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Dr. Enabulele makes new demand from Buhari



Dr. Enabulele makes new demand from Buhari


Former President of the Nigerian Medical Association, NMA, Dr. Osahon Enabulele, has called for the urgent establishment of a Residency Training Programme (RTP); Budget Implementation, Monitoring and Evaluation Committee (RTP BIMEC), as well as the full implementation of the Medical Residency Training Act of 2017, signed into law on 26 June 2018 by President Muhammadu Buhari GCFR

Dr. Enabulele, who is currently an Executive Committee member of the World Medical Association made the calls while delivering a keynote address on ‘The Corollary of Government Policies on Residency Training” at the 39th Ordinary General Meeting and Scientific Conference of the National Association of Resident Doctors (NARD), recently held in Benin City.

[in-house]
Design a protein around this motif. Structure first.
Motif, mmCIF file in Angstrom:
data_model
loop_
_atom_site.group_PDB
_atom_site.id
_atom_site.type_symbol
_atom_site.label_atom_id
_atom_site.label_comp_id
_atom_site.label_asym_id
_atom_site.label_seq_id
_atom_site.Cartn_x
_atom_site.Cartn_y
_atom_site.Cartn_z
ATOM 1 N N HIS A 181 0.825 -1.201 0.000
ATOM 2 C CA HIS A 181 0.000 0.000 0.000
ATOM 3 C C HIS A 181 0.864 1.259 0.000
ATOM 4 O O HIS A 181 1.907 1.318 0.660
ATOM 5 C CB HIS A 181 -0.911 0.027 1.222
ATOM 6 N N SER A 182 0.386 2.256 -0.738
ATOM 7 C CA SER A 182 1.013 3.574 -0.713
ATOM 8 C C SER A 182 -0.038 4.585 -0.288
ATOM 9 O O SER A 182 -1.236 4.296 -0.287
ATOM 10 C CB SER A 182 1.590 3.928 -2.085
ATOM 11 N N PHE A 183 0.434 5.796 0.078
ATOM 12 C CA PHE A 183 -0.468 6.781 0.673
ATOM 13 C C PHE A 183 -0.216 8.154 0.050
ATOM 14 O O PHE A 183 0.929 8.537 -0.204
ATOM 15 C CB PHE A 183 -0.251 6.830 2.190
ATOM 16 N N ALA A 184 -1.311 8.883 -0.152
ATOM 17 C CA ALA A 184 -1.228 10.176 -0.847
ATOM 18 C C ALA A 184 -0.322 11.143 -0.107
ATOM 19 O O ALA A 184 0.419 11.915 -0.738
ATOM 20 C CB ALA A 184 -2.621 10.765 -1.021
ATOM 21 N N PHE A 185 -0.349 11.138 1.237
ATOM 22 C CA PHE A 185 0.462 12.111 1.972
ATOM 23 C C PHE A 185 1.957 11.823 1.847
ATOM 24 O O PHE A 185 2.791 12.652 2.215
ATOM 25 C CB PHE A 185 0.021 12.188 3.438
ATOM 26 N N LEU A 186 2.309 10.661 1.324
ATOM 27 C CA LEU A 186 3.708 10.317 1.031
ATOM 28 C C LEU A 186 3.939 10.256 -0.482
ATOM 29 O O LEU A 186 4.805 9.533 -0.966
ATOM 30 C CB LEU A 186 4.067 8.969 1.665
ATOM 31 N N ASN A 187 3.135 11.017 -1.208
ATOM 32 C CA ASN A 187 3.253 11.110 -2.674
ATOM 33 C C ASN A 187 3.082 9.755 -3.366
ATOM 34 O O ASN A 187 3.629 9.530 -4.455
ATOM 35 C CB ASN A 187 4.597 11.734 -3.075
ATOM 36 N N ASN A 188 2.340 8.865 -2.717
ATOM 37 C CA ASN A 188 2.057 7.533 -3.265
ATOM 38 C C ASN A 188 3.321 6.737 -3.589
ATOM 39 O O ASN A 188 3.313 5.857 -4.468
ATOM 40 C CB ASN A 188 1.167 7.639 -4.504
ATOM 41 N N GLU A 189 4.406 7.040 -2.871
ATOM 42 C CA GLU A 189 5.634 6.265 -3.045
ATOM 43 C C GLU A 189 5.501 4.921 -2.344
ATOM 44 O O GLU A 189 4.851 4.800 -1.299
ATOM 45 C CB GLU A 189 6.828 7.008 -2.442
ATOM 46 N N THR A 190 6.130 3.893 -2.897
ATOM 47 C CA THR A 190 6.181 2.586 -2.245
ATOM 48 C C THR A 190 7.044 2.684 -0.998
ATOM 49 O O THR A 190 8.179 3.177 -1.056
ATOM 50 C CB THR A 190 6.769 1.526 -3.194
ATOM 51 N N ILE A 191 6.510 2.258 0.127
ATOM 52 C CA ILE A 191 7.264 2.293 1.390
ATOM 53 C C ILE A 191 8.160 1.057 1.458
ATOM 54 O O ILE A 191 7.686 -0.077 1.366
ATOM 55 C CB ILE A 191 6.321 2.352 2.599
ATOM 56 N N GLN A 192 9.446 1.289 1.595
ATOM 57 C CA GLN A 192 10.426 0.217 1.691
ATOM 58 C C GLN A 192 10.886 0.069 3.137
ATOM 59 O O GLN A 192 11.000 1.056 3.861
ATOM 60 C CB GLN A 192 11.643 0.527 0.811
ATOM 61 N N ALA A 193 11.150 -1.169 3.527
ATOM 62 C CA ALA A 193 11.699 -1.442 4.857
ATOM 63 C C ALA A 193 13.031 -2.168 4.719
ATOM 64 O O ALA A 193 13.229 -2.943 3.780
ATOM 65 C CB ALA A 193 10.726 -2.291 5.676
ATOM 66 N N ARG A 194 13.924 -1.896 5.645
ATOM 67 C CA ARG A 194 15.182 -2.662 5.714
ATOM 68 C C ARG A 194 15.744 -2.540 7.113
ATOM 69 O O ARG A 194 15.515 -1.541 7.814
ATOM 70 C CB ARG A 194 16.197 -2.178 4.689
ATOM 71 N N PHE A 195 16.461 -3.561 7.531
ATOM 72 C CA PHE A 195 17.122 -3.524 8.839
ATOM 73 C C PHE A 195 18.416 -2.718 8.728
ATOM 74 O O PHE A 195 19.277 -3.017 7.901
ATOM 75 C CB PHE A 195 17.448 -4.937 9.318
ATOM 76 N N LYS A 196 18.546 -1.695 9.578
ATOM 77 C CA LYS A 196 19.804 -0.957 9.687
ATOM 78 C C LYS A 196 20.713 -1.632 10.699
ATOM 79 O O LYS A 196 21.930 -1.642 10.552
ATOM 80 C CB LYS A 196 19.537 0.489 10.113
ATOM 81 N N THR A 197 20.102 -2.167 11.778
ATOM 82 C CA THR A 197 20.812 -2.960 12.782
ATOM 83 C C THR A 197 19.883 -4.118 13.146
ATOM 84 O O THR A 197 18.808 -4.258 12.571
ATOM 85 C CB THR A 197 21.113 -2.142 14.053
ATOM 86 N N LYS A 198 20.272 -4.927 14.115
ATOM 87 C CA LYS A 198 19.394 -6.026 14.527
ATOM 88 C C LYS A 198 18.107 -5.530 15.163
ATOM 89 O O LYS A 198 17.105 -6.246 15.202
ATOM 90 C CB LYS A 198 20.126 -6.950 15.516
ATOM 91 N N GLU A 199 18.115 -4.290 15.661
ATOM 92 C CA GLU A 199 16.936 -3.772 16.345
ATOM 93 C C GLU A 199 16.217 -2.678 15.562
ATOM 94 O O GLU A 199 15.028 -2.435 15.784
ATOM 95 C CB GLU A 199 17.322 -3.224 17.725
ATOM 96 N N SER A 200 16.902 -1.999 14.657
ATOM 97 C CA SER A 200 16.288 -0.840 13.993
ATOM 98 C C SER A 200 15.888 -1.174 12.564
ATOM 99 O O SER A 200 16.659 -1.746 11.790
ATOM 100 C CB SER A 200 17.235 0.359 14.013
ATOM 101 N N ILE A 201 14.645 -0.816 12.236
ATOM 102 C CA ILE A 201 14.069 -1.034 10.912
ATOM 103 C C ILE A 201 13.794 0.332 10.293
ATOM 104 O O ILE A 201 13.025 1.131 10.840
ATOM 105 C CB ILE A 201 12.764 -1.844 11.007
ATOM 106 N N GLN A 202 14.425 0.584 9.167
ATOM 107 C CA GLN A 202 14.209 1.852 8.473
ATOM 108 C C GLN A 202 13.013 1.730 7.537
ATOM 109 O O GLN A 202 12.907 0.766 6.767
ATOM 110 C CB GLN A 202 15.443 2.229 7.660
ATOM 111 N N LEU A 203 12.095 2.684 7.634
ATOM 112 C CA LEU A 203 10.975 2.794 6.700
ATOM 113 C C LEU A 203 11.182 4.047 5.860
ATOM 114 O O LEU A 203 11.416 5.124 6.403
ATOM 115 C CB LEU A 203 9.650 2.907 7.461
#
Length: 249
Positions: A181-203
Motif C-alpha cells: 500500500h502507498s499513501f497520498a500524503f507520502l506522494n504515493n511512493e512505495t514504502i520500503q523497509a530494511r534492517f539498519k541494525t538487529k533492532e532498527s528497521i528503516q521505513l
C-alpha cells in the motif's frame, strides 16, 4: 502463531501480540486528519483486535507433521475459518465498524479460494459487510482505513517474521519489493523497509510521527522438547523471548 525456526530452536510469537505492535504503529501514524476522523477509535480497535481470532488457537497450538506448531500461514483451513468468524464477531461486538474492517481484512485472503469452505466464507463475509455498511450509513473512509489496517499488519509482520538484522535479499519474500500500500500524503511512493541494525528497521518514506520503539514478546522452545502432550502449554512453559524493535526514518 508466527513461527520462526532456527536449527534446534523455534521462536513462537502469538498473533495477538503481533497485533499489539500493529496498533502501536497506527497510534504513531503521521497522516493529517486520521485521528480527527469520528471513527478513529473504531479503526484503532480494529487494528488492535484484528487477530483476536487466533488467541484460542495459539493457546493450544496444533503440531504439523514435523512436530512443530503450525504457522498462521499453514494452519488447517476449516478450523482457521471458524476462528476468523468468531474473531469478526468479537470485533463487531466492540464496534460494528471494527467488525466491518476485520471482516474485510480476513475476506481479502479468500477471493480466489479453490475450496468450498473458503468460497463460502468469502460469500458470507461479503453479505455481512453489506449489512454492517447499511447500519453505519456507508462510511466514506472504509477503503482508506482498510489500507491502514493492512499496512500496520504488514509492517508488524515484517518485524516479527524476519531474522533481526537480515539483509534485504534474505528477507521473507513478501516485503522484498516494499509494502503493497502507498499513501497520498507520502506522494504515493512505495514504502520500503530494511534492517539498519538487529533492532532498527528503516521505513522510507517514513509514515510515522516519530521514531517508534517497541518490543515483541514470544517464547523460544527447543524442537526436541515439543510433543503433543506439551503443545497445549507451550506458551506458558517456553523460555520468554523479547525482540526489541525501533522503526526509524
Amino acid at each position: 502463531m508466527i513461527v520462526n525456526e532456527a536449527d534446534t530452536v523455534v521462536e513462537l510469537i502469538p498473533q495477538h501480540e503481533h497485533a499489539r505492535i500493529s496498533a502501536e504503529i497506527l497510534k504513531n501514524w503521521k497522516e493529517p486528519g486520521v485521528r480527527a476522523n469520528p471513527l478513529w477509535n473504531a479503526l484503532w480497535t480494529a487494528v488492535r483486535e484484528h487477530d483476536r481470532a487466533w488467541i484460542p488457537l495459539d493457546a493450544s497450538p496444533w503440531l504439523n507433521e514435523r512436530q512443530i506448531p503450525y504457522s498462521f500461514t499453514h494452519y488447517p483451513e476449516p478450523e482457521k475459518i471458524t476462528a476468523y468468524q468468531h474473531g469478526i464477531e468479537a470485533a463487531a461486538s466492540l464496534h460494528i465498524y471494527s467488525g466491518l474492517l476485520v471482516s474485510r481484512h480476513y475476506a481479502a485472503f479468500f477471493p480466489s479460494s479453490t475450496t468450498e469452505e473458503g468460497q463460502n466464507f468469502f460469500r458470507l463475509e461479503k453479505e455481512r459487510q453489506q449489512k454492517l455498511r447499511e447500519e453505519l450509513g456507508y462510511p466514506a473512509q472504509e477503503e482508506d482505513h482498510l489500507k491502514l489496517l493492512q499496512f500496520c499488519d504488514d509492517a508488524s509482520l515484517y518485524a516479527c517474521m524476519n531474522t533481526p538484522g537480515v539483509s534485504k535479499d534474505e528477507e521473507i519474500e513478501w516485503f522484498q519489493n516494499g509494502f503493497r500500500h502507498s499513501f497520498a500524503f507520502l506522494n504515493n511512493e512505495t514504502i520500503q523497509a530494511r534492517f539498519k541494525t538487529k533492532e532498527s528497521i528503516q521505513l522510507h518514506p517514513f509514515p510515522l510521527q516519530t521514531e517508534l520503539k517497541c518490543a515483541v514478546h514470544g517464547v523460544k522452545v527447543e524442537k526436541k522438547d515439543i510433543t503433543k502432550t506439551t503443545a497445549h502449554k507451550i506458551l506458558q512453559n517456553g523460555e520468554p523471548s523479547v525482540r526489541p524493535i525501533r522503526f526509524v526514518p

In a critical analysis of the policy and legal frameworks on Residency Training in Nigeria, Dr. Enabulele informed the audience that some steps had been taken by the government to address some challenges, including the issuance of a uniform template to guide the appointment and admission into the RTP; issuance of a policy statement directing strict adherence to the established scheme of service; and the enactment of the Medical Residency Training Act, MRTA, 2017.

He stated that the policy and legal frameworks have attempted to cure some defects in the training programme, particularly as it concerns the determination of the career progression of Resident doctors; funding of the programme; the admission and entry requirements for the programme; and the standardization of the structure and classification of the programme.

Recounting the history and structure of RTP in Nigeria, Dr. Enabulele explained that though the Residency Training Programme in Nigeria is yet to meet national aspirations and the vision of its founding fathers

“The programme has made some significant contributions to Nigeria’s healthcare delivery system, particularly in terms of production of indigenous specialist medical and dental manpower and improved access to specialist medical and dental care,” he said.